By Paul Anthony A. Isla

COCO Methyl Ester (CME) manufacturer Chemrez Inc. is positioning itself as an exporter of coco-biodiesel to countries mandating the use of such alternative fuel, according to Dean A. Lao, Jr., the company chief operating officer, on Wednesday.

Lao made this announcement during the launching of its second plant, adding these countries at present on quite a few but large enough markets-France, Germany, Italy, The Netherlands.

Australia and China are still discussing whether to require the use of such alternative fuel. In the US, it seems there will be no federal mandate but it would be the states that would decide whether to require alternative fuel use in their territories.
Apart from coconut oil, Lao said that biodiesel could also be derived from palm, rapeseed, and soy beans. And in terms of price, rapeseed is the most expensive source followed by coconut. “And people are looking for the cheapest replacement for diesel. However, what we’re trying to do is to sell the premium qualities of coco biodiesel. And since we’re trying to fetch a higher price, the negotiation takes a bit longer and requires a lot of technical validation or backing.”
He conceded they or the industry itself could not just claim that coco-biodiesel performs much better than biodiesels based on other plants. “We use the data we gathered from the National Renewable Energy Laboratory of the US-Department of Energy, which states that coco-biodiesel is much better than other sources of biodiesel” in explaining our product to customers.

Earlier tests by the American renewable energy lab had revealed that coco-biodiesel consistently yielded comparable with, or even better results than, crude oil-based fuel. He added other tests also showed that CME-based fuels meet existing Philippine National Standards for diesel fuel quality.
Lao also said that CME scored better in terms of cetane number, flash point, and sulfur content compared to diesel. This means CME burns more completely, resulting in more power, better engine performance, cleaner engines, longer mileage and lower emissions.

It’s because of these qualities of coco-biodiesel that Lao said they are trying to create a premium for coco-biodiesel. He noted, however, it would take a country like Germany or Japan, which are committed to renewable energy sources, to appreciate the difference.

Lao said a German company is already helping Chemrez in searching out the European market but added that as soon as the Philippines mandates the use of coco-biodiesel, then Chemrez would give priority to the domestic market.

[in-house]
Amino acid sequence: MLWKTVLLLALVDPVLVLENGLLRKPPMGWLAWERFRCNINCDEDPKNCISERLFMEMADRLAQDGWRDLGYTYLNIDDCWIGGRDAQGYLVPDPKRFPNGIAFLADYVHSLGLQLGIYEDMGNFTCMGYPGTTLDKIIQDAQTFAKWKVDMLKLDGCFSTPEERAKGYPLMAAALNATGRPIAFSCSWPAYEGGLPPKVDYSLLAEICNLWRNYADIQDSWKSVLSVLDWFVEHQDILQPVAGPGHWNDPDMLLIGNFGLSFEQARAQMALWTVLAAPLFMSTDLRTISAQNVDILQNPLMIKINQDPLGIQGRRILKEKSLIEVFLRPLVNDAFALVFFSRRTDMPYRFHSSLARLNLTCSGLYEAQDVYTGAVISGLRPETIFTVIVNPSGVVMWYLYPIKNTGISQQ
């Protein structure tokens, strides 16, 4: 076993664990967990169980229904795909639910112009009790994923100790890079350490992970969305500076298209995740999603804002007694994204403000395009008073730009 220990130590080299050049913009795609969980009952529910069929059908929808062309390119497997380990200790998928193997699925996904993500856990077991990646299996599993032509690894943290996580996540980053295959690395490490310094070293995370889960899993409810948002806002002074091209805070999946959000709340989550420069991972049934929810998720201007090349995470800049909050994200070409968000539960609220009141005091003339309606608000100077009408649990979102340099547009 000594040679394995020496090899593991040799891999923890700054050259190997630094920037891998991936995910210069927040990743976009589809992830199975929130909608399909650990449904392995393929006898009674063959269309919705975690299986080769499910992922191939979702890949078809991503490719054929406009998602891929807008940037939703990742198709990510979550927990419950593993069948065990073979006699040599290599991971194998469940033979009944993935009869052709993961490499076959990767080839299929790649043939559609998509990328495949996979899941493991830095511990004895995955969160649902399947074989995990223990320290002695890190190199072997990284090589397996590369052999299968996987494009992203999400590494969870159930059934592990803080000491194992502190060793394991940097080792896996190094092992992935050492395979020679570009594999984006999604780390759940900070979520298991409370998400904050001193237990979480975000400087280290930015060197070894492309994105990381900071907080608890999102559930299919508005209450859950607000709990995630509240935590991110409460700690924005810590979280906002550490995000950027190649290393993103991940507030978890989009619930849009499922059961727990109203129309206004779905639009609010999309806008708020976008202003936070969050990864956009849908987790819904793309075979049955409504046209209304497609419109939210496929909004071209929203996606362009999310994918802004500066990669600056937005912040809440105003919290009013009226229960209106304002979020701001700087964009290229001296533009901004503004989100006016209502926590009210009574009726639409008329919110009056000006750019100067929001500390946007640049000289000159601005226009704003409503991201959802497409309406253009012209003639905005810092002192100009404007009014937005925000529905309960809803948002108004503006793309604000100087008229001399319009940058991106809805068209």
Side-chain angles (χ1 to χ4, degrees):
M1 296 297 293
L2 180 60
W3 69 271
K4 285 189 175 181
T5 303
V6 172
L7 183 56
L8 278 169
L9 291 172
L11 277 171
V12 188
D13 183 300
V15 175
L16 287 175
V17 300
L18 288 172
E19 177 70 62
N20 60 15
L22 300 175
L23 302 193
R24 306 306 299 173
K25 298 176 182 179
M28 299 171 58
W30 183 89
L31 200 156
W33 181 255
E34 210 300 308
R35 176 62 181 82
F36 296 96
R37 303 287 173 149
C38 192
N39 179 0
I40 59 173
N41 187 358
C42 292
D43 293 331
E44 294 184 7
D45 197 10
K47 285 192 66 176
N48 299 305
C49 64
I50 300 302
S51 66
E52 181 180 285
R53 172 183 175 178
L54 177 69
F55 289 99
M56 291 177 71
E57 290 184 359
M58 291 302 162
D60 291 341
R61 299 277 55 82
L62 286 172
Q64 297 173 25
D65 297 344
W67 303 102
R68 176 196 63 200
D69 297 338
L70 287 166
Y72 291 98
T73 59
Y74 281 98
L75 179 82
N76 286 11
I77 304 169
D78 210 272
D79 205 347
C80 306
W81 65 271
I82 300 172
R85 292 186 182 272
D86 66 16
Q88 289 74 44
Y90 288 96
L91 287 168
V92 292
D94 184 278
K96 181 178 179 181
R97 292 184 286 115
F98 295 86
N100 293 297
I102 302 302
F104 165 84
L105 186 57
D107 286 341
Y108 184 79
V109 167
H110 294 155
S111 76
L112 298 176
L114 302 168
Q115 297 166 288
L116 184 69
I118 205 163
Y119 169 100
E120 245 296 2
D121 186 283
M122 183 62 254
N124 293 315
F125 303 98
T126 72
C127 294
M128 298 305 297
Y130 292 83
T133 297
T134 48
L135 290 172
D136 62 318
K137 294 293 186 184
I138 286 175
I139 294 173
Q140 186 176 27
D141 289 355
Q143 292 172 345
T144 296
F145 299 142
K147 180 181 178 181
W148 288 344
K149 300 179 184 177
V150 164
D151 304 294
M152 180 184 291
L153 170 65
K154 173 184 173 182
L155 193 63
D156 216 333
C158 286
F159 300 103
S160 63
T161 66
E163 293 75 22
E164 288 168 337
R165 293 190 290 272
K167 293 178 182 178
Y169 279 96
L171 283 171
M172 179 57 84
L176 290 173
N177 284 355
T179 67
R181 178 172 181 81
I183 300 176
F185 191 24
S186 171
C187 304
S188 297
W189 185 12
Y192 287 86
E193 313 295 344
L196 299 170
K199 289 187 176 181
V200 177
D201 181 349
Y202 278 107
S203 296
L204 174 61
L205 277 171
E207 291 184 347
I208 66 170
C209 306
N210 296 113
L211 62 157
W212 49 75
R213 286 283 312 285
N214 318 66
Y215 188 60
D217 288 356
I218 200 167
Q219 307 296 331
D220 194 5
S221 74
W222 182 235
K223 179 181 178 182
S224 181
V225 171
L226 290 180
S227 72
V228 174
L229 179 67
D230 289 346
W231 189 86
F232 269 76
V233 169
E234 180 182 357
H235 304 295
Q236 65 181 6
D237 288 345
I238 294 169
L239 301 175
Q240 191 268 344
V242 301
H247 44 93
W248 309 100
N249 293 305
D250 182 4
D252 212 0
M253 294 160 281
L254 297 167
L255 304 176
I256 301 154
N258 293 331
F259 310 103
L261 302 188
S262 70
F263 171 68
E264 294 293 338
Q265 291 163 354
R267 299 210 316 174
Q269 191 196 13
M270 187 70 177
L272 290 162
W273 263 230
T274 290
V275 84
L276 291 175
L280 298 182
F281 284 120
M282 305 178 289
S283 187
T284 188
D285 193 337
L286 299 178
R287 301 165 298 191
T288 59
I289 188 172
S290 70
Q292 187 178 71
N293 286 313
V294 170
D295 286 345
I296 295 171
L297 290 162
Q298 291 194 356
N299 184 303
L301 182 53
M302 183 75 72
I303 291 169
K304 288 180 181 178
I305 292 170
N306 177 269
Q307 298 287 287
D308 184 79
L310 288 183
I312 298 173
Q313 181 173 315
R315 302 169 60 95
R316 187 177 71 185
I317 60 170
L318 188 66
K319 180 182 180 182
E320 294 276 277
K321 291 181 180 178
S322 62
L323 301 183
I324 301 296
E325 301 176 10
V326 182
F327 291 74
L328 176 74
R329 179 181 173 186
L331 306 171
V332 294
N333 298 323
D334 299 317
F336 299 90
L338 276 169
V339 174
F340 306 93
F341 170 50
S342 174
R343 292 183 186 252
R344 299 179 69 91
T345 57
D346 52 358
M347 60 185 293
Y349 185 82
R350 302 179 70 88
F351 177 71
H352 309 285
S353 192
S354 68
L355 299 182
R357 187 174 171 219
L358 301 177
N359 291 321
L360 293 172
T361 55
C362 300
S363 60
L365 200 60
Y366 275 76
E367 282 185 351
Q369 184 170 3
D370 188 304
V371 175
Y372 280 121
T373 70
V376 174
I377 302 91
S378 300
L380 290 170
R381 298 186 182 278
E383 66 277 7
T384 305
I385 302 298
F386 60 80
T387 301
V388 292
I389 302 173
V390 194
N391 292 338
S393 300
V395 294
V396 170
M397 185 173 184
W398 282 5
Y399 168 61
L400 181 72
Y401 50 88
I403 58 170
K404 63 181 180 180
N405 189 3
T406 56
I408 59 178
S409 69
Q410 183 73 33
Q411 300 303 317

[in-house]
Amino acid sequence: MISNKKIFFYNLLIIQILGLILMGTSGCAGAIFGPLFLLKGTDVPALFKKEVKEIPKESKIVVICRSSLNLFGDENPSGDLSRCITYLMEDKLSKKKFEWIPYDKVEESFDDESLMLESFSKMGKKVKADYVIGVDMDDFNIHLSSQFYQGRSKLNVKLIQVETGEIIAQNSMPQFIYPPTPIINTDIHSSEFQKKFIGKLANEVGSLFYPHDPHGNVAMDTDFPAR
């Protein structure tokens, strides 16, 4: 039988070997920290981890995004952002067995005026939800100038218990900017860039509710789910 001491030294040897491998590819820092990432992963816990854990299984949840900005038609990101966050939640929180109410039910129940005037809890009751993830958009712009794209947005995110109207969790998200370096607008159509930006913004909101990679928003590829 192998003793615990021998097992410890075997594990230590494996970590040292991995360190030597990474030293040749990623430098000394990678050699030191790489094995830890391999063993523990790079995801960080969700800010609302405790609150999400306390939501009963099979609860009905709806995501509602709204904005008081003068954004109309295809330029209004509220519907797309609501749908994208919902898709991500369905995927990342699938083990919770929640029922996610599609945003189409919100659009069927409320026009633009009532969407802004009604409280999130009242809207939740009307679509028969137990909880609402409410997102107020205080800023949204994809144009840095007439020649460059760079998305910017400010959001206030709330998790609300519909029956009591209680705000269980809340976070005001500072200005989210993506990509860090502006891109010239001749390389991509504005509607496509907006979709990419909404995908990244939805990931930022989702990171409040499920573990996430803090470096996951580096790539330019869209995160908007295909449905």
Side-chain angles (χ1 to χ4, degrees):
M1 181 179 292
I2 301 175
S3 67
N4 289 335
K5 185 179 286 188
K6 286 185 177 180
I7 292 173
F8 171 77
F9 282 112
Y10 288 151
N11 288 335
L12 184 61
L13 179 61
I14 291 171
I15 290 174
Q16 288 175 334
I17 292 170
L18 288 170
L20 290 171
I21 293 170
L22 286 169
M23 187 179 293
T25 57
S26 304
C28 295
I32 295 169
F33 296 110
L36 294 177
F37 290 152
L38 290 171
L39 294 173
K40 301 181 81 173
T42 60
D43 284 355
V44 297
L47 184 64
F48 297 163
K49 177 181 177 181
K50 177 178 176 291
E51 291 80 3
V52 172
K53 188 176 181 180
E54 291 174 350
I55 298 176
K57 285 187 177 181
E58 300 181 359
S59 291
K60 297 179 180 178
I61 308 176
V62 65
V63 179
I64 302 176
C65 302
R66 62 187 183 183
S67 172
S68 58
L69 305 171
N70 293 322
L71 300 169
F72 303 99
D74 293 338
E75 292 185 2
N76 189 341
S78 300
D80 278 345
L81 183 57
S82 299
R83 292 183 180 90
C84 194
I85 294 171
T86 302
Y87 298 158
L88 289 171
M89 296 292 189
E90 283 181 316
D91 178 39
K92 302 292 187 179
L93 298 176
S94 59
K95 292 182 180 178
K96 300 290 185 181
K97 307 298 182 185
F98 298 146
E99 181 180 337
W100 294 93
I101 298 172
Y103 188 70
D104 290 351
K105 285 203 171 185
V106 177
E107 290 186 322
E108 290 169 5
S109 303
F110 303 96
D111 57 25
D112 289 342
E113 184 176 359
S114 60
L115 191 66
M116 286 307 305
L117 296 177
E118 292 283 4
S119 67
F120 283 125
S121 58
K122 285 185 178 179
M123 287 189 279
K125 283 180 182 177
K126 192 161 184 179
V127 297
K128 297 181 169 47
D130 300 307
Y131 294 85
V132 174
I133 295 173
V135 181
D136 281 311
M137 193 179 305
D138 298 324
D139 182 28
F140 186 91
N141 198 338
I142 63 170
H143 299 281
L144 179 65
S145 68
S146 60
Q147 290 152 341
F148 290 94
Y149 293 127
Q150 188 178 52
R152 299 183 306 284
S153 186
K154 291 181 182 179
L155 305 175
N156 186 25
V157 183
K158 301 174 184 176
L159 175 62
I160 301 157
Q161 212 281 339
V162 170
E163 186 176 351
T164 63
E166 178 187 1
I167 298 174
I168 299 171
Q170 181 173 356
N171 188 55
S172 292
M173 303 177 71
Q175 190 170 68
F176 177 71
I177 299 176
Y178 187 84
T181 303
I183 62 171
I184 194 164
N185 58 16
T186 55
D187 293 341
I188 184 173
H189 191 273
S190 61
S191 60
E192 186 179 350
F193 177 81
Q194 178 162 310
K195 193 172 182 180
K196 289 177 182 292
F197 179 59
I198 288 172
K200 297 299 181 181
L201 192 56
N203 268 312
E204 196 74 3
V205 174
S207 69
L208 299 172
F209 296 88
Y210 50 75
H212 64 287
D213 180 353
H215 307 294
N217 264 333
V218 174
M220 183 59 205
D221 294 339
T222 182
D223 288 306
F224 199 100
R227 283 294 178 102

Chemrez’s new and second bio-diesel plant, which is considered the biggest and most modern coco-biodiesel facility in Asia, represents an additional 60 million liters of coco-biodiesel production per year for the company.
The Department of Energy (DOE) said the inauguration of this bio-diesel plant is a major boost to the government’s Energy Independence Agenda that outlines the roadmap for the attainment of a 60-percent energy self-sufficiency by 2010. Chemrez is one of the 3 DOE-accredited coco-biodiesel manufacturers.
The three producers would have a 110 million-liter capacity when the new plant goes on stream this week. Of the 110 million liters, 25 million liters are put out by Senbel Corp. and 10 million liters produced by RI Chemicals.
Energy Secretary Raphael Lotilla welcomed the Chemrez investment saying that “one of our sustainable and long-term solutions to the rising oil prices has now come into fruition. . .The inauguration of this bio-diesel plant comes on the heels of soaring oil prices. The use of CME or coco-biodiesel as an alternative transport fuel will reduce reliance on imported oil thus more foreign exchange savings for our country.”

Automotive diesel users could also expect savings from biodiesel because of the inherent oxygen-content in coco-biodiesel promotes better combustion in the engine translating to an increase in mileage by as much as 10 percent from a minimum 1 percent coco-biodiesel blend in diesel fuel.

The DOE is working with Congress for the passage of the bio-fuels bill, which seeks to mandate the use of biodiesel and bioethanol as fuel additives to diesel and gasoline, respectively.
“With the inauguration and soon, the commissioning of this first dedicated biodiesel plant in the country and in Asia, we Filipinos can truly say that our country can harness indigenous renewable energy to break away from dependence on imported oil,” said Lotilla.